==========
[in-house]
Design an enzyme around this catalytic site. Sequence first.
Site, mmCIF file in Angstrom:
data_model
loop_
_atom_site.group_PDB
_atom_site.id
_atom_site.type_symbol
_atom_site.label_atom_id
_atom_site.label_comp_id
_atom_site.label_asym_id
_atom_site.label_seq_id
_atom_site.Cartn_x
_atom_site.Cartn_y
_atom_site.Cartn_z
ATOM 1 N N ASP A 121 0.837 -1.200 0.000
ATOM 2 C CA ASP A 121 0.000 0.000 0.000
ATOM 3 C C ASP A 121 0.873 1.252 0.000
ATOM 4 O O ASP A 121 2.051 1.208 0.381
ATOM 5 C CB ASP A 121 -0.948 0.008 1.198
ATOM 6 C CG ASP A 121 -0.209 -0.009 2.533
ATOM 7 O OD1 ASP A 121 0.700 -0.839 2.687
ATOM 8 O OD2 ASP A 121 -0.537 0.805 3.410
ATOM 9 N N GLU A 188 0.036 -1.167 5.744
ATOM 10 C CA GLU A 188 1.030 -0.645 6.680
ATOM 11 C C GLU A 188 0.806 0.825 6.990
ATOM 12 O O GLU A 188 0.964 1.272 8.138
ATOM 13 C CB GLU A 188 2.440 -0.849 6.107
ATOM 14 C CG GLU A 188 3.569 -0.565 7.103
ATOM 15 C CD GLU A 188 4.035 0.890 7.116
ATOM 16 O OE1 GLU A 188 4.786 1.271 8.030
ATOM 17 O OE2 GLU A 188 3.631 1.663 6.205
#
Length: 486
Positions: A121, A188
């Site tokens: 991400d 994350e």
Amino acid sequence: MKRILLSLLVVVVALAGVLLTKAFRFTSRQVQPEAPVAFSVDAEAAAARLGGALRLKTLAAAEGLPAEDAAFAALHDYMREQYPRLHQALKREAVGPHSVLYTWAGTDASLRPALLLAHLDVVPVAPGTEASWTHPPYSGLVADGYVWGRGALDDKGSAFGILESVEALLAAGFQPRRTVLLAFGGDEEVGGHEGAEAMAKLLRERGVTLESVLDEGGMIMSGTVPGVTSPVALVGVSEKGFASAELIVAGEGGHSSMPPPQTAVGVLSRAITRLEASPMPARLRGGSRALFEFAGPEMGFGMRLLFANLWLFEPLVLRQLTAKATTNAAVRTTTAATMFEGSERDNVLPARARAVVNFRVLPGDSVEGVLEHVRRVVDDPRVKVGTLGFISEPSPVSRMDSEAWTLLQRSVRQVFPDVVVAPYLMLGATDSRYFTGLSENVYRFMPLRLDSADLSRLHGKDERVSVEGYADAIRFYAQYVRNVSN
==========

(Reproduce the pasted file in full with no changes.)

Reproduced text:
[in-house]
Design an enzyme around this catalytic site. Sequence first.
Site, mmCIF file in Angstrom:
data_model
loop_
_atom_site.group_PDB
_atom_site.id
_atom_site.type_symbol
_atom_site.label_atom_id
_atom_site.label_comp_id
_atom_site.label_asym_id
_atom_site.label_seq_id
_atom_site.Cartn_x
_atom_site.Cartn_y
_atom_site.Cartn_z
ATOM 1 N N ASP A 121 0.837 -1.200 0.000
ATOM 2 C CA ASP A 121 0.000 0.000 0.000
ATOM 3 C C ASP A 121 0.873 1.252 0.000
ATOM 4 O O ASP A 121 2.051 1.208 0.381
ATOM 5 C CB ASP A 121 -0.948 0.008 1.198
ATOM 6 C CG ASP A 121 -0.209 -0.009 2.533
ATOM 7 O OD1 ASP A 121 0.700 -0.839 2.687
ATOM 8 O OD2 ASP A 121 -0.537 0.805 3.410
ATOM 9 N N GLU A 188 0.036 -1.167 5.744
ATOM 10 C CA GLU A 188 1.030 -0.645 6.680
ATOM 11 C C GLU A 188 0.806 0.825 6.990
ATOM 12 O O GLU A 188 0.964 1.272 8.138
ATOM 13 C CB GLU A 188 2.440 -0.849 6.107
ATOM 14 C CG GLU A 188 3.569 -0.565 7.103
ATOM 15 C CD GLU A 188 4.035 0.890 7.116
ATOM 16 O OE1 GLU A 188 4.786 1.271 8.030
ATOM 17 O OE2 GLU A 188 3.631 1.663 6.205
#
Length: 486
Positions: A121, A188
């Site tokens: 991400d 994350e």
Amino acid sequence: MKRILLSLLVVVVALAGVLLTKAFRFTSRQVQPEAPVAFSVDAEAAAARLGGALRLKTLAAAEGLPAEDAAFAALHDYMREQYPRLHQALKREAVGPHSVLYTWAGTDASLRPALLLAHLDVVPVAPGTEASWTHPPYSGLVADGYVWGRGALDDKGSAFGILESVEALLAAGFQPRRTVLLAFGGDEEVGGHEGAEAMAKLLRERGVTLESVLDEGGMIMSGTVPGVTSPVALVGVSEKGFASAELIVAGEGGHSSMPPPQTAVGVLSRAITRLEASPMPARLRGGSRALFEFAGPEMGFGMRLLFANLWLFEPLVLRQLTAKATTNAAVRTTTAATMFEGSERDNVLPARARAVVNFRVLPGDSVEGVLEHVRRVVDDPRVKVGTLGFISEPSPVSRMDSEAWTLLQRSVRQVFPDVVVAPYLMLGATDSRYFTGLSENVYRFMPLRLDSADLSRLHGKDERVSVEGYADAIRFYAQYVRNVSN